Today is the National Day on Writing, an officially-recognized initiative by the National Council of Teachers of English to “draw attention to the remarkable variety of writing we engage in and help make writers from all walks of life aware of their craft.” In less than two weeks, more than 100,000 writers will put pens to paper to kick off National Novel Writing Month, a frenzied quest in which participants strive to complete a 50,000-word novel in a month.
For those of us who write for a living, these writing-designated events might give us the extra encouragement we need to start or finish a project; some good vibes from the collective creative energy of thousands of writers and other aspiring authors. Or, the events may pass with little notice — just a stream of #nanowrimo tags in the Twitterverse. For us, writing is such a part of our ingrained lives that on any given day, we’re probably writing, revising, outlining, book marketing, or handling the administrative details of a writing career. The time of “aspiring” seems foreign now; days so far in the past that we can’t recall whether we actually lived them or just read about them in a history book. Is this a good thing? I don’t know. I change my answer a lot.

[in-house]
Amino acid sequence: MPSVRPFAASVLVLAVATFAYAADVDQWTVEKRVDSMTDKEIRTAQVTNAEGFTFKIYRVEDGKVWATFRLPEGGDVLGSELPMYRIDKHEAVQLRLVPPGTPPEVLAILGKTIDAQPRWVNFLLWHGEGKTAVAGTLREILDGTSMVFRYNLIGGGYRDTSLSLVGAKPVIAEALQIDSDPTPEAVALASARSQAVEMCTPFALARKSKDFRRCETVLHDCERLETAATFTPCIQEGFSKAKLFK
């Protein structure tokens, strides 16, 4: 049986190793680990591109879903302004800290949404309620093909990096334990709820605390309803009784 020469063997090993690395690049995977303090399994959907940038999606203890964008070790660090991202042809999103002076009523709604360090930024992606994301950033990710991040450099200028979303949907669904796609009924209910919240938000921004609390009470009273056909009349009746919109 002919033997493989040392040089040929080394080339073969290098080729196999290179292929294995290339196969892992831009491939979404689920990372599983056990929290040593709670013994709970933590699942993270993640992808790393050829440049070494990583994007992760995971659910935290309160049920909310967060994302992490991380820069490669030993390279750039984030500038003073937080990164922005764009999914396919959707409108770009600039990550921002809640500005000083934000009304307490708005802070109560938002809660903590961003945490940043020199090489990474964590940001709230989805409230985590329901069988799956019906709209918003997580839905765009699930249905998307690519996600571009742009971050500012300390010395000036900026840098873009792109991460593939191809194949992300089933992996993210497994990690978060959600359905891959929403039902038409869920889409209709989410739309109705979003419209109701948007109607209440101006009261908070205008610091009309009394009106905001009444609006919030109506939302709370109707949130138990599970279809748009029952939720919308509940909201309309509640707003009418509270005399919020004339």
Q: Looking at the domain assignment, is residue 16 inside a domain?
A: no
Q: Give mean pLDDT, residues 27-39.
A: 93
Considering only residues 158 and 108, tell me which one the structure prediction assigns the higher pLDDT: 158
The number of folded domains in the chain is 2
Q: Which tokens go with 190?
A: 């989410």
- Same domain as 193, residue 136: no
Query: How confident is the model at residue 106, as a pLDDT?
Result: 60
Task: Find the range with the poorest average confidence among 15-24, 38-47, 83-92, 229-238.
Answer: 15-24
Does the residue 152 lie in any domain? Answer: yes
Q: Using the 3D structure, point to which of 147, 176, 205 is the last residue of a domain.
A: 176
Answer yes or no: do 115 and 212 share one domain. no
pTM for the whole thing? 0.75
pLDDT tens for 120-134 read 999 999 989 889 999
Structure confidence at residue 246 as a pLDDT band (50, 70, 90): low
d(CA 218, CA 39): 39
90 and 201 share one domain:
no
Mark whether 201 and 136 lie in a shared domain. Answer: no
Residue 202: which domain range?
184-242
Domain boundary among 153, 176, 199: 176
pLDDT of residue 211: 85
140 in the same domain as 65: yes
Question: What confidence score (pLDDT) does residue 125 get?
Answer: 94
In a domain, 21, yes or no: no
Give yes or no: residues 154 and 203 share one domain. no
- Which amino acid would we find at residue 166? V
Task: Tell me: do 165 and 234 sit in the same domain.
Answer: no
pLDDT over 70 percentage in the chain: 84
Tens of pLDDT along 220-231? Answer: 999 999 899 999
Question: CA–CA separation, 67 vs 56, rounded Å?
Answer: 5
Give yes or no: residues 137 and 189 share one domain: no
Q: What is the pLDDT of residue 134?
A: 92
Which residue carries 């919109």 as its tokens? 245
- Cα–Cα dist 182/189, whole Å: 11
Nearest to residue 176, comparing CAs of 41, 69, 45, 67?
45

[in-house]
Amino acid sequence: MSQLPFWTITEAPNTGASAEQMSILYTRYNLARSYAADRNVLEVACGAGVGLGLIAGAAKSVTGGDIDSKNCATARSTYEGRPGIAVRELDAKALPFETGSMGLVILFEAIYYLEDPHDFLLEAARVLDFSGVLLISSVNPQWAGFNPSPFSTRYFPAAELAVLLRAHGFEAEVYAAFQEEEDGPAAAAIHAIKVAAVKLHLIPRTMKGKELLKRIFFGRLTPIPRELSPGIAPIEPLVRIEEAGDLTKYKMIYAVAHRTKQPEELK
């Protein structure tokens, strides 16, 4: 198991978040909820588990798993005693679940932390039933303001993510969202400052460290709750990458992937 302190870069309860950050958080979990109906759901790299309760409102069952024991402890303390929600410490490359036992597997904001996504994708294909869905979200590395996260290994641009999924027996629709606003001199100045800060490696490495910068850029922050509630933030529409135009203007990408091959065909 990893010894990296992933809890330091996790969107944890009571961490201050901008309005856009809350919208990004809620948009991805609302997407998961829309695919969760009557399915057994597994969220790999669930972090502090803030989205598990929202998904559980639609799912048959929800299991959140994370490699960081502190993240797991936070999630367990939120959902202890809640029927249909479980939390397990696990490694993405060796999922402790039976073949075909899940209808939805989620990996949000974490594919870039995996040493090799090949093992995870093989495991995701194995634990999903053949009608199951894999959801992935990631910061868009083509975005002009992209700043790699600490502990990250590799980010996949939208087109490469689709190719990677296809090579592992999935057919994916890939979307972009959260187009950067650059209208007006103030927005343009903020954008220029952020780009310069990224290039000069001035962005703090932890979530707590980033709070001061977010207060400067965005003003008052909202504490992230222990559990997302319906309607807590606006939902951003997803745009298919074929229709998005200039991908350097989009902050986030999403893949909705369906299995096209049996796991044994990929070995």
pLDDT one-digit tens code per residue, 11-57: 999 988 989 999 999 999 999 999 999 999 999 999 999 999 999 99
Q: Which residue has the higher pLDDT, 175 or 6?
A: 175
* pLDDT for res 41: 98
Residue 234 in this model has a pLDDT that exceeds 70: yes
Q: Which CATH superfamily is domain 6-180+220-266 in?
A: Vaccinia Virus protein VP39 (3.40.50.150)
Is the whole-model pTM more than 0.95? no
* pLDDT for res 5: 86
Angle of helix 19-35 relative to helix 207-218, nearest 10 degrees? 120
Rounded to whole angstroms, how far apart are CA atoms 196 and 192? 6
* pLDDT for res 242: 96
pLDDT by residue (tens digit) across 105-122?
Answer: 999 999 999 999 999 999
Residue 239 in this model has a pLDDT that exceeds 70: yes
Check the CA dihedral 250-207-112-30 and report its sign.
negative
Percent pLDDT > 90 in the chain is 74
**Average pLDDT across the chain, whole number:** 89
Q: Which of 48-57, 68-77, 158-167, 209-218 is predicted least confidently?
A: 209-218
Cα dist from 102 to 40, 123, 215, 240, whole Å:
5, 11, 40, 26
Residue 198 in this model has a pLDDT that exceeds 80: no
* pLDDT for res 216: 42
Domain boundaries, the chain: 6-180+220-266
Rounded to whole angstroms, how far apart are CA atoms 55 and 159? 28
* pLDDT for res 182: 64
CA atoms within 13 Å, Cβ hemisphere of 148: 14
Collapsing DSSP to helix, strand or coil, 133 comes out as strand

I hear from many readers who aspire to write. Teens, adults, young kids, grandparents, teachers, students, librarians. They often share their fears that they’re too young / too old / too inexperienced / too boring / too insecure / too whatever to write a book or short story or screenplay or poem. I think all writers feel that way — even published ones. Even long after our first sale, again and again as we travel the loops of the writing and publication roller coaster over the course of our careers. I know I do. But the thing that’s most helped me overcome — or at least, accept and manage — those fears enough to keep me writing, to keep me trying, is… Read the rest at AuthorsNow! >>